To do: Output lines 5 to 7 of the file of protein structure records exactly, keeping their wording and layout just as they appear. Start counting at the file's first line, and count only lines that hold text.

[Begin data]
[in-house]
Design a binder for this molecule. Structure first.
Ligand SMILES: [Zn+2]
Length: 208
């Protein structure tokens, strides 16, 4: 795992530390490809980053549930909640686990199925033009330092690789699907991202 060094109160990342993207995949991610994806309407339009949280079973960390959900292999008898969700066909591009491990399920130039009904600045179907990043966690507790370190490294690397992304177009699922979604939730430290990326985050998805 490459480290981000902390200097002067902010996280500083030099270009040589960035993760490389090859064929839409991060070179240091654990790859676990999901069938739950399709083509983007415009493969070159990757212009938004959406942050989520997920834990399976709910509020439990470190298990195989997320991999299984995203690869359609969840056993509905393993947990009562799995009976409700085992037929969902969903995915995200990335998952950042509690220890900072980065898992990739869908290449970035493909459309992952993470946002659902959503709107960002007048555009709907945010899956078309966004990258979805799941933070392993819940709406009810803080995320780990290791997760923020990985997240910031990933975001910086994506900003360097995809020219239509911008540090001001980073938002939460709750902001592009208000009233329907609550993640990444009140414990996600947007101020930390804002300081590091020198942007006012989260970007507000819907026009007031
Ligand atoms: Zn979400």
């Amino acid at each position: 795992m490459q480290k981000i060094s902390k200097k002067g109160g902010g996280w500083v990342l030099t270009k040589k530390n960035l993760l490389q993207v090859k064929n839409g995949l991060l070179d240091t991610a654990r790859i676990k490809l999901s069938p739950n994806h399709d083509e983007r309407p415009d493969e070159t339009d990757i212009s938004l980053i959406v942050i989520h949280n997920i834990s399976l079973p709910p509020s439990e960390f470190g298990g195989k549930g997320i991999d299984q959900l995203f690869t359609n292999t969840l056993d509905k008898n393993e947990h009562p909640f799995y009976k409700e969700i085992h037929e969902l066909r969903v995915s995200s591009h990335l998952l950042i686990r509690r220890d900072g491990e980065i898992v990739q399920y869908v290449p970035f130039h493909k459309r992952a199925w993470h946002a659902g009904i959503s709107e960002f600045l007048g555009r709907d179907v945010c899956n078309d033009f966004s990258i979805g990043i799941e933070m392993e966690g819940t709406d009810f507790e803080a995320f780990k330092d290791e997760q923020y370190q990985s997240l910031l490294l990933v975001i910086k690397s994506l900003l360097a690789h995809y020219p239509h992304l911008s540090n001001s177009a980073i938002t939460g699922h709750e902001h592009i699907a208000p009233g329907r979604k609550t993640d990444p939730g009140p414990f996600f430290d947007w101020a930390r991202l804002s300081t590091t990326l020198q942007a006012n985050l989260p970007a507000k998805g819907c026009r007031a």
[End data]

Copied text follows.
């Protein structure tokens, strides 16, 4: 795992530390490809980053549930909640686990199925033009330092690789699907991202 060094109160990342993207995949991610994806309407339009949280079973960390959900292999008898969700066909591009491990399920130039009904600045179907990043966690507790370190490294690397992304177009699922979604939730430290990326985050998805 490459480290981000902390200097002067902010996280500083030099270009040589960035993760490389090859064929839409991060070179240091654990790859676990999901069938739950399709083509983007415009493969070159990757212009938004959406942050989520997920834990399976709910509020439990470190298990195989997320991999299984995203690869359609969840056993509905393993947990009562799995009976409700085992037929969902969903995915995200990335998952950042509690220890900072980065898992990739869908290449970035493909459309992952993470946002659902959503709107960002007048555009709907945010899956078309966004990258979805799941933070392993819940709406009810803080995320780990290791997760923020990985997240910031990933975001910086994506900003360097995809020219239509911008540090001001980073938002939460709750902001592009208000009233329907609550993640990444009140414990996600947007101020930390804002300081590091020198942007006012989260970007507000819907026009007031
Ligand atoms: Zn979400």
């Amino acid at each position: 795992m490459q480290k981000i060094s902390k200097k002067g109160g902010g996280w500083v990342l030099t270009k040589k530390n960035l993760l490389q993207v090859k064929n839409g995949l991060l070179d240091t991610a654990r790859i676990k490809l999901s069938p739950n994806h399709d083509e983007r309407p415009d493969e070159t339009d990757i212009s938004l980053i959406v942050i989520h949280n997920i834990s399976l079973p709910p509020s439990e960390f470190g298990g195989k549930g997320i991999d299984q959900l995203f690869t359609n292999t969840l056993d509905k008898n393993e947990h009562p909640f799995y009976k409700e969700i085992h037929e969902l066909r969903v995915s995200s591009h990335l998952l950042i686990r509690r220890d900072g491990e980065i898992v990739q399920y869908v290449p970035f130039h493909k459309r992952a199925w993470h946002a659902g009904i959503s709107e960002f600045l007048g555009r709907d179907v945010c899956n078309d033009f966004s990258i979805g990043i799941e933070m392993e966690g819940t709406d009810f507790e803080a995320f780990k330092d290791e997760q923020y370190q990985s997240l910031l490294l990933v975001i910086k690397s994506l900003l360097a690789h995809y020219p239509h992304l911008s540090n001001s177009a980073i938002t939460g699922h709750e902001h592009i699907a208000p009233g329907r979604k609550t993640d990444p939730g009140p414990f996600f430290d947007w101020a930390r991202l804002s300081t590091t990326l020198q942007a006012n985050l989260p970007a507000k998805g819907c026009r007031a």